Teaching in Japan
I didn’t want to continue being a solicitor and I wanted to live abroad.
Time for a Career Change – Time to be a TEFL Teacher Harriet Parker
This course has the best content for those with a thirst to teach!
A journalist who wrote a new story as a teacher Paloma Tiba
Before doing a TEFL course with The TEFL Academy I was working in bars and doing some other menial jobs that gave me very little money and even less satisfaction. I wasn’t at all sure at this point what I wanted to do with my life other than go travelling but I knew that just going backpacking again wasn't an option.
I thought I would give teaching a go as it seemed like the only way I was going to get paid to see the world. As soon as I started the course, however, I realised that teaching was not simply a means to an end but was actually something I loved for it’s own sake (once I got over the nerves of actually standing in front of the class). The comparison between doing these uninspiring jobs where I felt unappreciated to having a group of students attentitively listen to my every word was a breath of fresh air.
I was able to find work in Brighton immediately after completing the course and very soon after I found a job advertised in a local Brighton paper to work in Japan. I had always wanted to visit Japan but it would have been a very expensive country to visit as a tourist so I relished the opportunity of working there. Obviously I had some trepidation about leaving Brighton for TEFL and moving there but on my very first night I was taken in as part of a local festival as an honorary member of the village and got to carry a huge carriage through the town that led to a stadium with dozens of other carriages from other villages where all the carriages, full of fireworks were set on fire while we drank beer and I got to use what very limited Japanese I knew at the time.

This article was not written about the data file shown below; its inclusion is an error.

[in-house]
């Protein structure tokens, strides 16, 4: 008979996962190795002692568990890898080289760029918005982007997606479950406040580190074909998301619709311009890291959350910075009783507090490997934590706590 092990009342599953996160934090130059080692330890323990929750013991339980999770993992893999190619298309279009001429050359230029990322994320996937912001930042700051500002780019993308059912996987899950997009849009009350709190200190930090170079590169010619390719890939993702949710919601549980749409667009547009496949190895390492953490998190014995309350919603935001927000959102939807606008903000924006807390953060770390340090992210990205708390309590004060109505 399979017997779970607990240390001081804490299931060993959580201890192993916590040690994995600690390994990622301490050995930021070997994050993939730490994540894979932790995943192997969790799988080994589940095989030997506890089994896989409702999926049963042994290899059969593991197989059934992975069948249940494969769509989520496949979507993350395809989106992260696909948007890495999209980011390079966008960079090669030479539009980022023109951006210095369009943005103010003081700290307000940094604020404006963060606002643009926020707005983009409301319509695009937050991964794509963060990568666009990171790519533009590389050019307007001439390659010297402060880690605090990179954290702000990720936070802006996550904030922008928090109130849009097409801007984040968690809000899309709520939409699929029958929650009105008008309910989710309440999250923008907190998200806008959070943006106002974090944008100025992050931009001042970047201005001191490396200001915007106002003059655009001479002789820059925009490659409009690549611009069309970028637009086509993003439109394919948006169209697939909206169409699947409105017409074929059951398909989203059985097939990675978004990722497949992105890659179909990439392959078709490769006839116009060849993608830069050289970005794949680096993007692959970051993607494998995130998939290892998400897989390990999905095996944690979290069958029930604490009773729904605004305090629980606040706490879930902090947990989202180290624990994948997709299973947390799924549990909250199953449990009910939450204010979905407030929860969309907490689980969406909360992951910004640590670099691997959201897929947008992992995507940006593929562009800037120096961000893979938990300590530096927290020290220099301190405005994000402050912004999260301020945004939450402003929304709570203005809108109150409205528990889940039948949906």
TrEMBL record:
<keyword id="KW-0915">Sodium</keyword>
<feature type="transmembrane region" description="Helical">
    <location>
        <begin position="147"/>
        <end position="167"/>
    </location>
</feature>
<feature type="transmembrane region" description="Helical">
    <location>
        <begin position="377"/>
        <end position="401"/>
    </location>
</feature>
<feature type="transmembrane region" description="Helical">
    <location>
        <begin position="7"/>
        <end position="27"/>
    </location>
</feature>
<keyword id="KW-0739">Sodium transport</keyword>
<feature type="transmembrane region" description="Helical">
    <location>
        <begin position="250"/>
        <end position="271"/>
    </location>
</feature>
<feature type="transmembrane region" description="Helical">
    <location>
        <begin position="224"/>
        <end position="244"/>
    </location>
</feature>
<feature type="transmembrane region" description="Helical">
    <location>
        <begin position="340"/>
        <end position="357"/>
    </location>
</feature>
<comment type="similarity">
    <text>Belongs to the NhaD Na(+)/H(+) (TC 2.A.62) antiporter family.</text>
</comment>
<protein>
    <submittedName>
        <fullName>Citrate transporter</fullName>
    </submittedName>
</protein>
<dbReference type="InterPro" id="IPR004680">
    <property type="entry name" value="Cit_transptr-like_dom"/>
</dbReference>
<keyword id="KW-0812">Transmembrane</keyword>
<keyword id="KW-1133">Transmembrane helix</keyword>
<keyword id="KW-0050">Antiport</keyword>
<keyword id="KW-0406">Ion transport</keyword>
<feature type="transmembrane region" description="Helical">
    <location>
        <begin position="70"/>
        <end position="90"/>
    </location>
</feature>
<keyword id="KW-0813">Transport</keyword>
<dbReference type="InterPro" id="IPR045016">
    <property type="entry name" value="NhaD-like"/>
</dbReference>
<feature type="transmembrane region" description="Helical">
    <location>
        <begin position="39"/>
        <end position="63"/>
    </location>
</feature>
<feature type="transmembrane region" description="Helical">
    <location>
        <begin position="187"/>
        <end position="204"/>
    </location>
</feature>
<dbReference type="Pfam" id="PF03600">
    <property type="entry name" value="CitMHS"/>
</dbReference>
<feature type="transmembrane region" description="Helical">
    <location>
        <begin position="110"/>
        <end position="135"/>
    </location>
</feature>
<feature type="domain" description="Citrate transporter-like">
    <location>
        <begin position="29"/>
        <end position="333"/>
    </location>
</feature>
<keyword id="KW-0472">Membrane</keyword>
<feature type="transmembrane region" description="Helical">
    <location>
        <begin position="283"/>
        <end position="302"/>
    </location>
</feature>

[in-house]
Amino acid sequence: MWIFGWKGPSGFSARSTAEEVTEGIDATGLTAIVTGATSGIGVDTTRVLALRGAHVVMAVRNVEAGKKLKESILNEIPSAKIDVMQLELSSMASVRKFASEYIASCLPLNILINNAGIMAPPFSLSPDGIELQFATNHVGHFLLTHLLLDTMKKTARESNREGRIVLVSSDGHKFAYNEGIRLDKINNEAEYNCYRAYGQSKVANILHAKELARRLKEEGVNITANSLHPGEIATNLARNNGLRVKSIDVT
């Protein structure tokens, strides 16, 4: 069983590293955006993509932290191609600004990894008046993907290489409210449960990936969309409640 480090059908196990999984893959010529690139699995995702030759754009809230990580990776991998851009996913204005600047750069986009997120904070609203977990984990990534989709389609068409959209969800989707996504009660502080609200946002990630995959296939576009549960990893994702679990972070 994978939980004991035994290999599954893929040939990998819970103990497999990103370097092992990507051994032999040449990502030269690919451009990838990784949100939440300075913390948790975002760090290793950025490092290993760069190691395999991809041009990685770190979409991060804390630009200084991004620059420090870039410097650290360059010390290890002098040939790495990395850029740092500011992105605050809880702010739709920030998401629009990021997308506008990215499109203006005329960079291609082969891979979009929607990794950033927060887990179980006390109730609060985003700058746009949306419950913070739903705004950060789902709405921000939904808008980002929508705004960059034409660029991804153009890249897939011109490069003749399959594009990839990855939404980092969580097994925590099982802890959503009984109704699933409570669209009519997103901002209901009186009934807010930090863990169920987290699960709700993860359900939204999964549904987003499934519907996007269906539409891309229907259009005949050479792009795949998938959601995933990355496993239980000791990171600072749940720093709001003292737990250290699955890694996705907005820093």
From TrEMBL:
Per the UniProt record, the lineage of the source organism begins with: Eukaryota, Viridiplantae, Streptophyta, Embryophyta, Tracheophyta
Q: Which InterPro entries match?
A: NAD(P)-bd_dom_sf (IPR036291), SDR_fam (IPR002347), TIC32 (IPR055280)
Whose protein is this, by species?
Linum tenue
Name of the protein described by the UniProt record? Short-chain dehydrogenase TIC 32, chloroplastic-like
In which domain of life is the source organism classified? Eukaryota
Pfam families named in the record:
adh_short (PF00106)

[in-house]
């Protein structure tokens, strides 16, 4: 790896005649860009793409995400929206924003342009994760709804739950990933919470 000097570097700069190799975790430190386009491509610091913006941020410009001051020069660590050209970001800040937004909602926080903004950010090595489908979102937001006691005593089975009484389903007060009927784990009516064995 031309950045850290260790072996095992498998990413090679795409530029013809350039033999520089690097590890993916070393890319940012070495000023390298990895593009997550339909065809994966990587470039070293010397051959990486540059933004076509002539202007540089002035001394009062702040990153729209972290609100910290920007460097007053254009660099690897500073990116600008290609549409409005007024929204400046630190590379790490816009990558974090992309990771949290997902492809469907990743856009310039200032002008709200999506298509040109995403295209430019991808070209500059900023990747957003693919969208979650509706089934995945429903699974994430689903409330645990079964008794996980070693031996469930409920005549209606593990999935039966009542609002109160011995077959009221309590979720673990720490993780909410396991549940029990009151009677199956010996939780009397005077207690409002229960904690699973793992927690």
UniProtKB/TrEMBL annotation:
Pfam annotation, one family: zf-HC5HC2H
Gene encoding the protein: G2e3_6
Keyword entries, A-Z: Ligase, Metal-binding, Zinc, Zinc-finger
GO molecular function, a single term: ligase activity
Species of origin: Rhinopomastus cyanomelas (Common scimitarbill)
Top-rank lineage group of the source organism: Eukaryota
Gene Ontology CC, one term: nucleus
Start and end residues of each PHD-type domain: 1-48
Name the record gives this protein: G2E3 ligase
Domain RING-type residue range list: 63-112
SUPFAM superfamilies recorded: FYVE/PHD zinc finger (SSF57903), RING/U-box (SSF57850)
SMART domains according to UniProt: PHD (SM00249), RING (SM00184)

I had always thought I would like to become a regular teacher in England but knew from my own experience of being a child in England just what stresses a teacher would have to endure, but in Japan the teacher is one of the most respected professions there is and the children treat you with the utmost respect. It was wonderful to see how different cultures approach education too as the children and the teachers in Japanese schools clean the school before and after classes.
During my 18 months teaching in the central mountains of Japan I was able to explore lots of the country, from the exciting and bustling cities to the serene villages and temples. My lifestyle there was great. I had a great studio apartment a 5 minute walk from my school, a company car, enough money to live a great life there and still save a little. In my 18 months there as a newly qualified teacher, working very few hours at times, I still managed to save about £6,000 without really trying.
I saw snow monkeys, went kayaking and did lots of snowboarding. I also managed to learn quite a lot of Japanese and found the people of Japan to be very helpful and welcoming to Westerners. I plan to go to other countries and see if I can have an equally fantastic experience elsewhere.